Microsoft releases previews of monthly rollup updates for the operating systems Windows 7, Windows 8.1, Windows Server 2008 R2 SP1 and Windows 2012 R2 on the third Tuesday of each month.
The company announced the switch from the classic updating scheme to monthly rollup updates for Windows 7, Windows 8.1, Windows Server 2008 R2 and Windows Server 2012 R2 in late 2016.
These preview updates are not installed automatically through Windows Update and they won’t get installed on the majority of Windows devices because of that. The preview rollups are published to WSUS and available via Windows Update as optional updates and they may also be downloaded from the Microsoft Update Catalog website.
The preview updates are non-security in nature and Microsoft will roll them out on the second Tuesday of the coming month as part of Patch Tuesday.
Note: The preview rollups contain non-security updates that Microsoft plans to include in the coming month’s rollup update for the operating system and previous rollups.
The updates may be installed on any supported version of Windows and there are good reasons for installing them when they become available and for not installing them.
Should you install preview rollups for Windows?
Should you install the monthly preview rollups or should you wait? Short answer: unless you have a reason for installing the non-security patches early, you should not.
System administrators, technicians, software developers and other professionals may install previews to test the updates on computer systems before they are made available on the second Tuesday of each month. It is ideal for testing scenarios where you want to make sure that computers you manage are not affected adversely by updates.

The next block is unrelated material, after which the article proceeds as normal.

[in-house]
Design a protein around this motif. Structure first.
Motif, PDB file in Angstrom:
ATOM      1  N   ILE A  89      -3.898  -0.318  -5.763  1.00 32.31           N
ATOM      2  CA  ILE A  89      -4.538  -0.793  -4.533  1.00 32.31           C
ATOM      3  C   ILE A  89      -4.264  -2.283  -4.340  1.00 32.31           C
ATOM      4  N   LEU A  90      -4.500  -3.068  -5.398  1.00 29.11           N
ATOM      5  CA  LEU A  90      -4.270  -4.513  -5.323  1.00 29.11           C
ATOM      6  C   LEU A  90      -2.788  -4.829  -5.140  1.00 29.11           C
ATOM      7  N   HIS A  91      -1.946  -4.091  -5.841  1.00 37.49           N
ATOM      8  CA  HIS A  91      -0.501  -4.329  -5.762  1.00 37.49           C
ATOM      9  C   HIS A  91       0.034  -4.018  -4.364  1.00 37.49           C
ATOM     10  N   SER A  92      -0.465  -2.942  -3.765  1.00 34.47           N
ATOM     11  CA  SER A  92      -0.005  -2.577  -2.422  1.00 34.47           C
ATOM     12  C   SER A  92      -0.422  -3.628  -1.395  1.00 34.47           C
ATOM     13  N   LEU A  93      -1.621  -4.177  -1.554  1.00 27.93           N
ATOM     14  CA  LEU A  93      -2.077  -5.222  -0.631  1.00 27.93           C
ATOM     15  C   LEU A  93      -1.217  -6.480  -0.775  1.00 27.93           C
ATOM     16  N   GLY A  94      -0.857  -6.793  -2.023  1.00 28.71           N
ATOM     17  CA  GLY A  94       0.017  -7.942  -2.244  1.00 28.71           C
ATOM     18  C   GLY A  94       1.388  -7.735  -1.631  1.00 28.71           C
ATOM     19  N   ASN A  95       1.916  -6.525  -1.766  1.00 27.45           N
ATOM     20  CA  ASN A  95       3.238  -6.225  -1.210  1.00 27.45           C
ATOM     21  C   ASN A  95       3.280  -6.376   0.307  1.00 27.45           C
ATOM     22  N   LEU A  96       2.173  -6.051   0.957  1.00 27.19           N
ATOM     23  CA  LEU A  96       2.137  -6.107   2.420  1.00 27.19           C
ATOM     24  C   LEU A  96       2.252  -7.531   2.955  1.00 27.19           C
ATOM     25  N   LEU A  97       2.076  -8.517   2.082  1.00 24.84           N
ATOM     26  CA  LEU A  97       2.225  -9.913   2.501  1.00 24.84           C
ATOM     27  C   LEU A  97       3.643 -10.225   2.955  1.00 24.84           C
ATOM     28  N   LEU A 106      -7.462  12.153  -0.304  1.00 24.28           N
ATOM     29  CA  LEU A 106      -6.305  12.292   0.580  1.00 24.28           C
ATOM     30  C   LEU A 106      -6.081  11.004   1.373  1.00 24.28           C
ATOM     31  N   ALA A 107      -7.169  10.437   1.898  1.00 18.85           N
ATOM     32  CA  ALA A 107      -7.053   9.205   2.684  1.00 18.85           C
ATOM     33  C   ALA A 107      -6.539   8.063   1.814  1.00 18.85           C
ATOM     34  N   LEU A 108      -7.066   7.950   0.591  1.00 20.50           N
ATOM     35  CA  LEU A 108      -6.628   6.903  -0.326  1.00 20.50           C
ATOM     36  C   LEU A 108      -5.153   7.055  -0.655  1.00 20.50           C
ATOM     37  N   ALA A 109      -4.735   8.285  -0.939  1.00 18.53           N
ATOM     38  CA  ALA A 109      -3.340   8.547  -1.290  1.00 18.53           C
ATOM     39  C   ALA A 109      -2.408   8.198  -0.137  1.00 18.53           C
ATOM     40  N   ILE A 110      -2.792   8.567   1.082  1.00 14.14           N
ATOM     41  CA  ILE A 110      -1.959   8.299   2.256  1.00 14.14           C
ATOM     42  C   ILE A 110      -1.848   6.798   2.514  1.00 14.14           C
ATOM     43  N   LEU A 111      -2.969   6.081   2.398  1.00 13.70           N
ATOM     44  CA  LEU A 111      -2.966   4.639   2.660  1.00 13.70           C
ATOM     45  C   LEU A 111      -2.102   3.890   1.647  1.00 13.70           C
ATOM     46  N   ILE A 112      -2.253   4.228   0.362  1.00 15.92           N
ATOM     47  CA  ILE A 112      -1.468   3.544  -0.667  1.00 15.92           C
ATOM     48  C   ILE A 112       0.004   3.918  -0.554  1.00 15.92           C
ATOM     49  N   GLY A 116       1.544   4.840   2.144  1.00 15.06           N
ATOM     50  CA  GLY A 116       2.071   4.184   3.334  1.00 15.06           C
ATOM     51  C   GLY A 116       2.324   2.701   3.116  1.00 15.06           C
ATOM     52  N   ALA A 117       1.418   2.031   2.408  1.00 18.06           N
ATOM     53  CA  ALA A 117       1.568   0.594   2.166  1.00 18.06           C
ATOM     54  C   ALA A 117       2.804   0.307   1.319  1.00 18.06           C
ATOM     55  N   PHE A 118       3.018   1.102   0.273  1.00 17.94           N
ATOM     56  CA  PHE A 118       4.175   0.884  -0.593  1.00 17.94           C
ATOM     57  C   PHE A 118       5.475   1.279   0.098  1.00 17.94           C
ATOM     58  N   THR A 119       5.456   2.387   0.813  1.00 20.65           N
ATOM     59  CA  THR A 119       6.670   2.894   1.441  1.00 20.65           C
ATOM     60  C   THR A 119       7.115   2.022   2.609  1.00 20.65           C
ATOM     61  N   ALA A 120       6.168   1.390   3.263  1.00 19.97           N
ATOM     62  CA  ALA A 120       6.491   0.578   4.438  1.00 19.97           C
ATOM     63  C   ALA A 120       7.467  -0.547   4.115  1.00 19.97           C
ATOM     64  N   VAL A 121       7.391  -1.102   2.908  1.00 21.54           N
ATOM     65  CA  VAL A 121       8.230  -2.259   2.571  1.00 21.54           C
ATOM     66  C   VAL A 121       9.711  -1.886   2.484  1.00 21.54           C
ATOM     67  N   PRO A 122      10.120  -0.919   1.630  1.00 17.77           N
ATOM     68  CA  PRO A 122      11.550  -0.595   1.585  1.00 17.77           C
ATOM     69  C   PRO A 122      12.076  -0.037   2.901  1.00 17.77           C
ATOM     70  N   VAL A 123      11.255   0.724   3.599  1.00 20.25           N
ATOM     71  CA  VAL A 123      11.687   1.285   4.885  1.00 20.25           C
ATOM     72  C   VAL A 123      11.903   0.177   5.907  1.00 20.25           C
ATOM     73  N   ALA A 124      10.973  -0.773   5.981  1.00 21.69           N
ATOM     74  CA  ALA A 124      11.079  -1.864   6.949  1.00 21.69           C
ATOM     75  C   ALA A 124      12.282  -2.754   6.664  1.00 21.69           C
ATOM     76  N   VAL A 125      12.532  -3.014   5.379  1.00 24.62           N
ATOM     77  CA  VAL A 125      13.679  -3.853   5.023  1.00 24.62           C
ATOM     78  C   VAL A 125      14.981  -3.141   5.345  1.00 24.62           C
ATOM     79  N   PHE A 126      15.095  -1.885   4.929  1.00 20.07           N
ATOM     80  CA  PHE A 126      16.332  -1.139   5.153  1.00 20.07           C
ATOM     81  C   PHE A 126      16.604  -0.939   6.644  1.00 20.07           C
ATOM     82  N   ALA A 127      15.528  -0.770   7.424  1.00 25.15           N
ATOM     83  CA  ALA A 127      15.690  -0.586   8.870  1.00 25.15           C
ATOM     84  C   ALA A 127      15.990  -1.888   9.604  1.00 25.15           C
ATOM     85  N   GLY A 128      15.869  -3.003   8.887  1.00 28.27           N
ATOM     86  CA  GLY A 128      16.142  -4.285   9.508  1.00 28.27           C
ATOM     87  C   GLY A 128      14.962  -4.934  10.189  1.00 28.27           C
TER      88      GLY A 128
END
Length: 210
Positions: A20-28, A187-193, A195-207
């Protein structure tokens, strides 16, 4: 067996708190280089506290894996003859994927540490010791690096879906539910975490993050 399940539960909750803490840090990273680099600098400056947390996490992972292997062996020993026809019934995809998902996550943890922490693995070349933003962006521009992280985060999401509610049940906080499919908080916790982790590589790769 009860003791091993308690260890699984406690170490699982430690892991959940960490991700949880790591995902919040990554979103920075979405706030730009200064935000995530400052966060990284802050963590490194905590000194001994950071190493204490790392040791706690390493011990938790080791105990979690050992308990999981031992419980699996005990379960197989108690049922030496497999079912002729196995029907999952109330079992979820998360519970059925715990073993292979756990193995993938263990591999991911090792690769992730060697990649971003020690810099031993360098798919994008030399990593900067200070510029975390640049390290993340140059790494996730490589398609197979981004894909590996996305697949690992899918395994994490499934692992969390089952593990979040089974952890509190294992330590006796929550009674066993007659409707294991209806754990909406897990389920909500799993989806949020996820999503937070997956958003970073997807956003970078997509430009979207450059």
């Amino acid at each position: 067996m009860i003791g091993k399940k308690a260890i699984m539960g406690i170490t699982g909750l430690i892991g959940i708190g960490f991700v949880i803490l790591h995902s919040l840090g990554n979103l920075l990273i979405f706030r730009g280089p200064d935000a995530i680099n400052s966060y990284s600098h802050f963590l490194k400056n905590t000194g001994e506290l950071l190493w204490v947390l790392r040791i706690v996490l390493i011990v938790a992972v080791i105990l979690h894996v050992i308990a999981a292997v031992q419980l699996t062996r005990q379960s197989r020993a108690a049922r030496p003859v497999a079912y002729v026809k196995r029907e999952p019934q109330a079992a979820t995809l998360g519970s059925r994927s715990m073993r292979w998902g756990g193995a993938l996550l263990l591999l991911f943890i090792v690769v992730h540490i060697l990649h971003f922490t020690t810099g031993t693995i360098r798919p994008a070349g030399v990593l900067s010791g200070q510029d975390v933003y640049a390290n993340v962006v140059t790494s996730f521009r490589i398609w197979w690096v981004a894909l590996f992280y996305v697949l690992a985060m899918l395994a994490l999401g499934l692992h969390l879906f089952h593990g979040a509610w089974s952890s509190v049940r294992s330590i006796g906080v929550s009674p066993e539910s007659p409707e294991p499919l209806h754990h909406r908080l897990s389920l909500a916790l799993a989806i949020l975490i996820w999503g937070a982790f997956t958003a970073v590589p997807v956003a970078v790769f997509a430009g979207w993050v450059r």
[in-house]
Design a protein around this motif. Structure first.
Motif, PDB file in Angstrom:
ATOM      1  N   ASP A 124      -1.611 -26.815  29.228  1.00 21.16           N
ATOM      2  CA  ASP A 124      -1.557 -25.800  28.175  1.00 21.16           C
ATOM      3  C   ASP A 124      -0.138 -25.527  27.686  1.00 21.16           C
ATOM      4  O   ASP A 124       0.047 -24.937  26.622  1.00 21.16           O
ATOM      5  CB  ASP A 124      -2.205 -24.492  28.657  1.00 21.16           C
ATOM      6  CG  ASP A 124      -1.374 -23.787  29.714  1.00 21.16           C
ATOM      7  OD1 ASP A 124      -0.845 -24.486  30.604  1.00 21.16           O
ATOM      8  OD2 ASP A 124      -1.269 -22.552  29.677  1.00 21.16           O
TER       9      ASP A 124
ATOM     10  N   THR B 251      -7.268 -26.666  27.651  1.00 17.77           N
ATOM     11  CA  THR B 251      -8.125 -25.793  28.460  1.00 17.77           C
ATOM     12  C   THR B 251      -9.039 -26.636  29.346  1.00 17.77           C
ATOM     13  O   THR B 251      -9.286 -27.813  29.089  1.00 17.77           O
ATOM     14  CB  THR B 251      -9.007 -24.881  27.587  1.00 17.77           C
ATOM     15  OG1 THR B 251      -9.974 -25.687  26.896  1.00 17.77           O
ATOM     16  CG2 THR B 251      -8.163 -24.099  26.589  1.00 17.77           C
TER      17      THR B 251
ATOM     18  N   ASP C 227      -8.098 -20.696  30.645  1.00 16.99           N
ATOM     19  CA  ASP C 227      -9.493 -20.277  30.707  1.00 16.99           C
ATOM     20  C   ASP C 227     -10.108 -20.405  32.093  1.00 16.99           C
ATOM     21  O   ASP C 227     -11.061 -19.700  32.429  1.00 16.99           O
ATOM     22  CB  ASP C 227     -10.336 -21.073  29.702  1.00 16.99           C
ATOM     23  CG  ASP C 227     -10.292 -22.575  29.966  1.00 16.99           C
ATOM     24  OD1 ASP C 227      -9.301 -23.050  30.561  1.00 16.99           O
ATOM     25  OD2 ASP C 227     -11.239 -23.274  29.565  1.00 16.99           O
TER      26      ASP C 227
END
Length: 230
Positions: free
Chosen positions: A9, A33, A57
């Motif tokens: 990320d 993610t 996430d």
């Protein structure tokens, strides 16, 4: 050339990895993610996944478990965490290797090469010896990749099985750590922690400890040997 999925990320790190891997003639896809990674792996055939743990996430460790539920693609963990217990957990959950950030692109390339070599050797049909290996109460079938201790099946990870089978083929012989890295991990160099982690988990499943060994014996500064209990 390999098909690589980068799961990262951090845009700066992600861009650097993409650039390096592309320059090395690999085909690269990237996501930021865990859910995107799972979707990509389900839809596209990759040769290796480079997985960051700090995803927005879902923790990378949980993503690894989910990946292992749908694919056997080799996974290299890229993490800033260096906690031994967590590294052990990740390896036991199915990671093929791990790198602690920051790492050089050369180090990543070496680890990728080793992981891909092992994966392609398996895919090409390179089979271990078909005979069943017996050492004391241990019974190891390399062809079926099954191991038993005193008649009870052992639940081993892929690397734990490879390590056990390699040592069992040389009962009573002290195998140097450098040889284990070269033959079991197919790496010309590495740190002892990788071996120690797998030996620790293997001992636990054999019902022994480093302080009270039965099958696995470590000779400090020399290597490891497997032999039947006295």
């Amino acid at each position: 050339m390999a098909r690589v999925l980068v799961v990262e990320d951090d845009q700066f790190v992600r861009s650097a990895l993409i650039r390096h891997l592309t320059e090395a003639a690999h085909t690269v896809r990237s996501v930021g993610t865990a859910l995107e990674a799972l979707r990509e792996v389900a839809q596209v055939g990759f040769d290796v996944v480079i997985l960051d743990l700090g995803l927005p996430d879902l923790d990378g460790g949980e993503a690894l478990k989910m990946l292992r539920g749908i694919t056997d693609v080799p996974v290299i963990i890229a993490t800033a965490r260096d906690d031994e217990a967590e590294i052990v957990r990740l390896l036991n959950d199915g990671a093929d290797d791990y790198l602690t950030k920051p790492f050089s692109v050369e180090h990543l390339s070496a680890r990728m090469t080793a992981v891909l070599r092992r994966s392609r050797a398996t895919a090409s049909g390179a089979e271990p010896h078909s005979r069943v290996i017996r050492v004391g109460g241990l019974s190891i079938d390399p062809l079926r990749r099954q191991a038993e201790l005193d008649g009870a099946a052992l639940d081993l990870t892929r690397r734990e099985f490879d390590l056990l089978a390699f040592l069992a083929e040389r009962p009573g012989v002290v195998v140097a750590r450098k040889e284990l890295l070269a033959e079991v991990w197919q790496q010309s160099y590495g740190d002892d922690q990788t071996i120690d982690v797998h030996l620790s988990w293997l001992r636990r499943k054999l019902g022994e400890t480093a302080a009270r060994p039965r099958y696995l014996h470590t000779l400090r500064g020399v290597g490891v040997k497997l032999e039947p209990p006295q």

Home users may want to install these updates as well provided that they resolve issues that they face.
If a preview update fixes a bug that affects you negatively, you may want to install the preview update to get it resolved then and there, and not three weeks later when the updates are rolled out to the majority of devices.
You may only make the decision if you know what the updates improve on the system. Microsoft releases a — partial — changelog whenever it publishes new monthly preview updates.
I suggest you pay a visit to the update history pages to find out about the changes and decide whether you need that update as early as possible.
- Windows 7 SP1 and Windows Server 2008 R2 SP1 changelog
- Windows 8.1 and Windows Server 2012 R2 changelog
Preview updates may fix issues and make other changes that you like or need but they may also introduce new issues. It is important that you check the “known issues” section of the changelog to make sure that the updates don’t introduce new issues that you may be affected by.
The January 2018 preview rollup update for Windows 7 and Windows Server 2008 R2, for example, introduced a issue which caused in smart card-based operations issue on affected systems.
Now You: Do you install preview updates on Windows?
- Don’t rush to install the Windows 10 Creators Update
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- Windows Server 2019 Preview is out